The most unique, colourful, and impressive film at Edinburgh International Film Festival was easily The Lure (Corki Dancingu); a macabre Polish siren musical that seduces as well as it thrills. Director Agnieszka Smoczynska has put together a remarkable piece of work with a talented team of Polish artists, so look no further if splendorous audio-visual fairs are your thing.
Holidays is the latest anthology film you’ll want to tick off your list if you’ve enjoyed recent projects like The ABCs of Death 2, A Christmas Horror Story, or Southbound. One of the campest anthology films in a while, Holidays feels closer to George A. Romero and Stephen King’s’s 80’s pulp extravaganza Creepshow, than it ever does to the gritty handheld feel of V/H/S. But then that shouldn’t really surprise, after all, this is an anthology made in homage to Holiday Horror; a sub-genre characterised by OTT massacres and darkly comic thrillers. Many of these films became immensely popular in the late 70’s when the boom in Slasher films made gory flicks with large body-counts a lucrative business. Famous entries would include classics like Halloween and Black Christmas, though camper 80’s endeavours like Thanksgiving thriller Blood Rage seem closer inspirations on much of the humour of this curious collection.
Last Girl Standing is the kind of Indy horror debut that will put director Benjamin R. Moody on the map, evidently, since it was picked up for distribution by the Frightfest Presents label. Frightfest has a long and admirable history of championing low-budget underdog genre films, giving filmmakers the opportunity to reach a wider audience if they show potential. The recent batch of Frightfest releases shows the charm, scares, and self-awareness we’ve come to expect, but Last Girl Standing feels like a potential cult classic and marks Moody as a talent to watch for.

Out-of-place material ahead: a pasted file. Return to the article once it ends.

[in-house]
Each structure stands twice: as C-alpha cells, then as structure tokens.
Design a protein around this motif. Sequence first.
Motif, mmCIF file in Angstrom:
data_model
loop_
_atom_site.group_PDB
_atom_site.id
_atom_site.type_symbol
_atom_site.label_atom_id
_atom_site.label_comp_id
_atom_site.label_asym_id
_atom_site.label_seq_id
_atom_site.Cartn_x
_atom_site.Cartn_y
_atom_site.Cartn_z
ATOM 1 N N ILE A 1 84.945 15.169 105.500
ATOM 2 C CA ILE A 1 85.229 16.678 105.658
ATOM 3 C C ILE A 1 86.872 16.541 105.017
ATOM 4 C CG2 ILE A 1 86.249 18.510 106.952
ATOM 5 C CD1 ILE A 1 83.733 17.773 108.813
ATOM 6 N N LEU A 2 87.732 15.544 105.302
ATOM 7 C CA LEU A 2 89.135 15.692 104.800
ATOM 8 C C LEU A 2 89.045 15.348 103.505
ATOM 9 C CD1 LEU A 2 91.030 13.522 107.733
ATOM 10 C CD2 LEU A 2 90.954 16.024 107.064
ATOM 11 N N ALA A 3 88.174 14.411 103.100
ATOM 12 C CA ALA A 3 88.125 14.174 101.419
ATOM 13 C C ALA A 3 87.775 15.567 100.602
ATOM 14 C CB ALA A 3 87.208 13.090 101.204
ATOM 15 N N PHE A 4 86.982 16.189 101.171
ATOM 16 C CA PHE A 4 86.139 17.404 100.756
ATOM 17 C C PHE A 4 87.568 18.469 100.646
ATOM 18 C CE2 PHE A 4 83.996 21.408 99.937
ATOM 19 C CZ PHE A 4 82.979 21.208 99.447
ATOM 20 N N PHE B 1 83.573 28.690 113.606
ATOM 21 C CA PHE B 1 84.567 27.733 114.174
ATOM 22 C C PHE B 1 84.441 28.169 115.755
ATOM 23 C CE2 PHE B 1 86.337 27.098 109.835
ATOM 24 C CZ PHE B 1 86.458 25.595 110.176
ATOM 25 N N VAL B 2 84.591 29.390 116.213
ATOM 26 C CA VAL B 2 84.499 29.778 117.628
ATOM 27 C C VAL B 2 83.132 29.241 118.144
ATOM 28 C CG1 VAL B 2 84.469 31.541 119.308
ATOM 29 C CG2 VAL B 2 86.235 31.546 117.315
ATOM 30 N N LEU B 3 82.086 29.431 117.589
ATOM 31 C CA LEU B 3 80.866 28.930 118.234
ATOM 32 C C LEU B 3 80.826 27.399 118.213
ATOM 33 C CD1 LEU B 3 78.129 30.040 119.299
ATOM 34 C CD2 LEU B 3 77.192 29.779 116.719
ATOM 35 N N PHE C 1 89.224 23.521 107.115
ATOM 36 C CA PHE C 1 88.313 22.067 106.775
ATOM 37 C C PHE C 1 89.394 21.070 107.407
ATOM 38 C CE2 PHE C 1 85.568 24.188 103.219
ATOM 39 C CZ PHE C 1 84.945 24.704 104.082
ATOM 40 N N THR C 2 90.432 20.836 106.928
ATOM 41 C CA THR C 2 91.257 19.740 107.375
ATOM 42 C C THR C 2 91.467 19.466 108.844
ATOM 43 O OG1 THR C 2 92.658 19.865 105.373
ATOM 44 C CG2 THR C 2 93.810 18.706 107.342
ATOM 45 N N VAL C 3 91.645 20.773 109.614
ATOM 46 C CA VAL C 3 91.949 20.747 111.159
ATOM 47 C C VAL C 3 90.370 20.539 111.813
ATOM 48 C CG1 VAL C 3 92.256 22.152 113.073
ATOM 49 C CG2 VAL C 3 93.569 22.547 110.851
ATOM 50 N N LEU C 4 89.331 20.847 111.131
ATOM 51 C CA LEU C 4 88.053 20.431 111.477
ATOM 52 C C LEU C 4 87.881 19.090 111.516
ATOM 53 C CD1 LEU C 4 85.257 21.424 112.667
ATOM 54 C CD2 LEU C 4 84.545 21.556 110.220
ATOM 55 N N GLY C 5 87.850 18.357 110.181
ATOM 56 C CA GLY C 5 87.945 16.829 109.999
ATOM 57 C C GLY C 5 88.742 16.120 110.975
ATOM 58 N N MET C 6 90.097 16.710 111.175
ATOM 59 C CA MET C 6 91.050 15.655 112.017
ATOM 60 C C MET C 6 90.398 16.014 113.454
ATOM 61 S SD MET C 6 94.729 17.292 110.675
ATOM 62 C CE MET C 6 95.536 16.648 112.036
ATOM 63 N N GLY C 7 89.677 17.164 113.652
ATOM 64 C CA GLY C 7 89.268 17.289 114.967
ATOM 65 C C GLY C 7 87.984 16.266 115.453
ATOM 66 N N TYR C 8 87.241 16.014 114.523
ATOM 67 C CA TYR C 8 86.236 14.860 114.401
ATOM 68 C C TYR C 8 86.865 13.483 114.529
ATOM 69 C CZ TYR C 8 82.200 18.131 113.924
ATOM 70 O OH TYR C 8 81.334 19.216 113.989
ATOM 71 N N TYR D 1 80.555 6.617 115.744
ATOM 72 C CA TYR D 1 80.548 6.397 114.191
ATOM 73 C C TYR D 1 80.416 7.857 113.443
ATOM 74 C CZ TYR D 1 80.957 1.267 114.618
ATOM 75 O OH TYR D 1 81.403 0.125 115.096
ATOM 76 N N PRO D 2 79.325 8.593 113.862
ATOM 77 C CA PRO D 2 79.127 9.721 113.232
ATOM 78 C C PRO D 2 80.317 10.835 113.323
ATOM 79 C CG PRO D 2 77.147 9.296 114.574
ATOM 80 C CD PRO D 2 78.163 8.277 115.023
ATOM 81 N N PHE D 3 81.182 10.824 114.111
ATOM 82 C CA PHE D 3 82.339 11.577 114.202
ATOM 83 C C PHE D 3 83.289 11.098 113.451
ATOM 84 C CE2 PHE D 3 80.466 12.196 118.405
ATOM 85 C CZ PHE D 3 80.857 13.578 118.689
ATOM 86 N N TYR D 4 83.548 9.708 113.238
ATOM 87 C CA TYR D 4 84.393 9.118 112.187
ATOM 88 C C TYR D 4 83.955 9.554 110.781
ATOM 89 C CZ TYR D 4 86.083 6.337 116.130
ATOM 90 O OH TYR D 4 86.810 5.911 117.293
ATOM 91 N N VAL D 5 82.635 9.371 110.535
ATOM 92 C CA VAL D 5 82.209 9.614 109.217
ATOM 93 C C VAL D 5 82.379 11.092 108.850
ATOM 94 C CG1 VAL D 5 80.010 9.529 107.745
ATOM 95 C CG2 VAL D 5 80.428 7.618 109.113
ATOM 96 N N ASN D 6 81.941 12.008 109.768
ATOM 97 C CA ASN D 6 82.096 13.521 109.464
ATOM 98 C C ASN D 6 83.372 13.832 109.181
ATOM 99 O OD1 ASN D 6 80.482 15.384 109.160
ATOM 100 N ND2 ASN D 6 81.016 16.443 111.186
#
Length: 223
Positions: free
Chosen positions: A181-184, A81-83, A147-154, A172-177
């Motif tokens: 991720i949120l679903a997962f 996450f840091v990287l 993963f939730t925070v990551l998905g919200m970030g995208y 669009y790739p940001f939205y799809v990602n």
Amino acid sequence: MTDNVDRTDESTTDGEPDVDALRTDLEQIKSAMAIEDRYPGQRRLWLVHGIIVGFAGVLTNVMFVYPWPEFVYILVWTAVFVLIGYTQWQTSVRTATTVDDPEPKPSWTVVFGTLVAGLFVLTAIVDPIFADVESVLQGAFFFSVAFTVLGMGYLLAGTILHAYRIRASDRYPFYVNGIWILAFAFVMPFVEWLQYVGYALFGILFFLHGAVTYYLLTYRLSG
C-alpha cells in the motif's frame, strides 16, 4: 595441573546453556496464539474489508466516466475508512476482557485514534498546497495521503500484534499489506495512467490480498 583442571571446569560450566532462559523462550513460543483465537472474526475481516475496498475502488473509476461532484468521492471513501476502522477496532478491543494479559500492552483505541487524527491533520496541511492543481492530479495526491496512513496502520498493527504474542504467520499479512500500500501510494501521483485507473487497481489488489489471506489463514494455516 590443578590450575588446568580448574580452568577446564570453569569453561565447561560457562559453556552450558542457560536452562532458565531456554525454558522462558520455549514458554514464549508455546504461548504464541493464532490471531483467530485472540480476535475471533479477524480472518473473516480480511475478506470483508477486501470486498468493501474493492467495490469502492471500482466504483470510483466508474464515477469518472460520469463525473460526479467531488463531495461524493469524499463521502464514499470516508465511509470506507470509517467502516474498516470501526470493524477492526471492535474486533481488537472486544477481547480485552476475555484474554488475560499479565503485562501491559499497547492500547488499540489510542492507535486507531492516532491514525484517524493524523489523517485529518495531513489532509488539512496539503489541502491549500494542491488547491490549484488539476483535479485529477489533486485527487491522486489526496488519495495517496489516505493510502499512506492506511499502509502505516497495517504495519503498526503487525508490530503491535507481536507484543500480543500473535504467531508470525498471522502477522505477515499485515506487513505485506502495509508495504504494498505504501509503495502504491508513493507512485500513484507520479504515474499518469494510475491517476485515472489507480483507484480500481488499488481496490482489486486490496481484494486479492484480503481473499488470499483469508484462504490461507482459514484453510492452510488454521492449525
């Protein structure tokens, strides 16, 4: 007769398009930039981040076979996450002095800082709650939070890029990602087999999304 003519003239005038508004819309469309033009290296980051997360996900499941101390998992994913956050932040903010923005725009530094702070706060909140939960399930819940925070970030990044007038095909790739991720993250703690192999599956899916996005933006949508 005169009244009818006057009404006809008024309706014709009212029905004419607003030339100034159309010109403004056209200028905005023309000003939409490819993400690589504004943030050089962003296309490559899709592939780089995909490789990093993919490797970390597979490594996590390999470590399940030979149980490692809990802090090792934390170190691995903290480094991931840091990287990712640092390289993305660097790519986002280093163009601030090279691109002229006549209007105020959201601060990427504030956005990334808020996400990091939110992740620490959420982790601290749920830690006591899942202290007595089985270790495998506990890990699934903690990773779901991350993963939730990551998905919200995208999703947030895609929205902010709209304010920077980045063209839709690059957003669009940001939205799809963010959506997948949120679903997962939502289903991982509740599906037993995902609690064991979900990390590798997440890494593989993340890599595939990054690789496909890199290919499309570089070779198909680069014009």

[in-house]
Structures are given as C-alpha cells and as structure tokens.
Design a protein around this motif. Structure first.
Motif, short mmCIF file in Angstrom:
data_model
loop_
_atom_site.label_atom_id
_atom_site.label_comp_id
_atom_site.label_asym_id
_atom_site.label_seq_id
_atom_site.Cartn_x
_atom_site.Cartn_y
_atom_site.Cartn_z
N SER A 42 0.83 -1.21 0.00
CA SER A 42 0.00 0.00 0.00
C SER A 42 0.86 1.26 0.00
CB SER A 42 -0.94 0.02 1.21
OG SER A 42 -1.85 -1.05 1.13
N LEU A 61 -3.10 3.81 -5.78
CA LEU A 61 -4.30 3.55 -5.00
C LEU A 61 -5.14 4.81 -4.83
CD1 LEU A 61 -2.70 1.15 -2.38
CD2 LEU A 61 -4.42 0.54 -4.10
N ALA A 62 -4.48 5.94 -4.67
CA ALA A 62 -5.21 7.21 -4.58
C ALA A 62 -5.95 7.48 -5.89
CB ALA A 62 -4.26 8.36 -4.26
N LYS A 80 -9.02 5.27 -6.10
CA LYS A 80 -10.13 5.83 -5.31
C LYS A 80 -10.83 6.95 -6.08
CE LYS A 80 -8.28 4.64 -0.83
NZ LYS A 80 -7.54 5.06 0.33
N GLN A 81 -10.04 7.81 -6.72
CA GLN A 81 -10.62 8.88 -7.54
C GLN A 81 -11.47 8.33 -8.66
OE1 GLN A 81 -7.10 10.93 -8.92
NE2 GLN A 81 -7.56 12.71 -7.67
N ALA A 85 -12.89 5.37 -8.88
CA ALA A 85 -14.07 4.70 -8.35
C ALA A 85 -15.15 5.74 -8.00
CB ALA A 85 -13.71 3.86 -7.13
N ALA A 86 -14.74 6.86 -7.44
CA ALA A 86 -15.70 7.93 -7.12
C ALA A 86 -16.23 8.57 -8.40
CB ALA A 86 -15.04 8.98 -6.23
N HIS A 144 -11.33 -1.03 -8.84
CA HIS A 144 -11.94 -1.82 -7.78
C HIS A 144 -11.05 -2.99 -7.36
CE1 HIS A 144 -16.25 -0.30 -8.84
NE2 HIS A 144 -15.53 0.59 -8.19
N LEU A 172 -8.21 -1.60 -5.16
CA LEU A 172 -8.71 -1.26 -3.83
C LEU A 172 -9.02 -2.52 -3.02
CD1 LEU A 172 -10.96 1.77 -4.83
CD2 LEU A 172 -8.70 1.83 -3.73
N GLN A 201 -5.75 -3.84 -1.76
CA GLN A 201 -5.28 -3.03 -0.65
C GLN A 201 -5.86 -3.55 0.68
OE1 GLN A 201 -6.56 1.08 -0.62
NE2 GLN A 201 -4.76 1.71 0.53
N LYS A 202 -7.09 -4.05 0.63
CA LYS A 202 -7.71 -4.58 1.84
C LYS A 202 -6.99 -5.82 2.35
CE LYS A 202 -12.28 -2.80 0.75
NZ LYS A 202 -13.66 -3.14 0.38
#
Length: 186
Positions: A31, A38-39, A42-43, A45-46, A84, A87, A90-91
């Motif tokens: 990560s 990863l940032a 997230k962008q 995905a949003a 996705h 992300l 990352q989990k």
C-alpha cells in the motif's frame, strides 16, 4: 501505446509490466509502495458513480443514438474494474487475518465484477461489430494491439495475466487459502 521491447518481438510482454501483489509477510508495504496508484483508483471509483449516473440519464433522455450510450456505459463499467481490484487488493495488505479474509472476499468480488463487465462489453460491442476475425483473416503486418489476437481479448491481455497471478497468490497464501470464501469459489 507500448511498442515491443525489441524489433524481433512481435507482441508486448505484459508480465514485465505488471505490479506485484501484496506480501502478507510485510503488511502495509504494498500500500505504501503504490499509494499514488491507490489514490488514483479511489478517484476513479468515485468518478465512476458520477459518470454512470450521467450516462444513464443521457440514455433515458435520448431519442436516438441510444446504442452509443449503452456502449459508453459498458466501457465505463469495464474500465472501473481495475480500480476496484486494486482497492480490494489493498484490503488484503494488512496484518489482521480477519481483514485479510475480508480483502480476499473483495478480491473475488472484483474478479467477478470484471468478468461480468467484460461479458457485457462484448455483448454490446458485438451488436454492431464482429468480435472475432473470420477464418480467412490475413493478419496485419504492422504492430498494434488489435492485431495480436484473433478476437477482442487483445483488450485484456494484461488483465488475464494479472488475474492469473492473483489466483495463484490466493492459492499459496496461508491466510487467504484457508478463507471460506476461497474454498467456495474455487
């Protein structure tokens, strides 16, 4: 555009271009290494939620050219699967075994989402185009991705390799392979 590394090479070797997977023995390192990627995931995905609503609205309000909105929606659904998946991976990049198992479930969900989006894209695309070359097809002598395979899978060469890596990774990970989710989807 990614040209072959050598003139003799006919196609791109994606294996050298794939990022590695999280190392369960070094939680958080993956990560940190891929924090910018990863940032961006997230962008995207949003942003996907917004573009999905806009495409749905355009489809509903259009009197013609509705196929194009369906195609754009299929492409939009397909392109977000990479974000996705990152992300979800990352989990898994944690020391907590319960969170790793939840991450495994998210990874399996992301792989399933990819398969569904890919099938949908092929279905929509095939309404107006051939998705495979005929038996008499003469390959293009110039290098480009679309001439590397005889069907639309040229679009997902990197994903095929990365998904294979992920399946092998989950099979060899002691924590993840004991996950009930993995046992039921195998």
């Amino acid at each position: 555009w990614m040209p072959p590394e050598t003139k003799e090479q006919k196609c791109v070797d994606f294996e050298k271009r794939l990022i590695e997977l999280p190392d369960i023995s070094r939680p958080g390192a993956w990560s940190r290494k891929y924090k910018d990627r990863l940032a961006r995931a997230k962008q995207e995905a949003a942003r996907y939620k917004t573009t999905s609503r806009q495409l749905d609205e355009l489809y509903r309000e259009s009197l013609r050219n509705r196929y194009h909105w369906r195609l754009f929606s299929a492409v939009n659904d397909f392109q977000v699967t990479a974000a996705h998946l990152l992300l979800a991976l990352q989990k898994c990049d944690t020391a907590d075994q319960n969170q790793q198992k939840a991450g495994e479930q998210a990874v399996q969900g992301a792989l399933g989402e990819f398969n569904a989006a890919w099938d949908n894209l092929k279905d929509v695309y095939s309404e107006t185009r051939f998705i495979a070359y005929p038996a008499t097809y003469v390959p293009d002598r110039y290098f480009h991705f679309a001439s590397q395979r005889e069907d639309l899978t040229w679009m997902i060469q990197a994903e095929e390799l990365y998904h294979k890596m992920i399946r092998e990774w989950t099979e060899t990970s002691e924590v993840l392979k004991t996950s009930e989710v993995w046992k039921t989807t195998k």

Adapted from the classic 1908 existential novel by G. K. Chesterton, Balazs Juszt’s directorial debut is a heady thriller. Splitting time between a fascist-period attempt on Mussolini’s life and a contemporary plot to assassinate the pope, The Man Who Was Thursday takes place in the darker backstreets of faith.
If you didn’t like Tusk, then chances are you could find Kevin Smith’s latest schlocky comedy adventure Yoga Hosers an absolute irritation. Smith’s latest addition to the True North Trilogy is a direct spin-off from Tusk which harks back to Clerks, fusing his earlier structure and themes with his later, more outré genre work. This is going to be another marmite film for most people.
Accomplished sculptor and avant-garde artist Henry Coombs arrived at Edinburgh film festival this year with his psycho-drama directorial debut Seat in Shadow. It’s a studied and emotional look at artist and muse, a close-up look at alienation, and an uplifting expose of life and love through the prism of gay experience. That’s not to say that Coombs’ debut is a specifically “gay” film, it looks at the network of anxieties which plague one young man, but its ultimate message is a testament to the complications of the human heart and mind.
Anna Biller’s fourth feature film The Love Witch cements her as a consummate talent and aesthetically gifted artist with seductively witchy control over her aesthetic. Writer, editor, production designer, and director, Anna Biller is one of the stand-out talents of Edinburgh international Film Festival 2016.
Firstborn, the debut feature from Nirpal Bhogal, is a surprisingly effective hark-back to supernatural domestic thrillers of the 70s. Charlie (Antonia Thomas) and James (Luke Norris) are a young couple with a new born baby which appears to attract supernatural attention. As time goes by and baby Thea grows up, the family find themselves increasingly at the whim of violent supernatural forces.
Franck Khalfoun wowed us in 2012 with Maniac, a startling first-person update of William Lustig’s sleazy 1980 classic. One of the few great remakes of the past decade, it shows a keen eye for social commentary and actually bothers to modernise/transform its story. i-Lived is Khalfoun’s fourth film as director (yet just his second writing credit after P2) and in the same way, it’s a very modern horror story.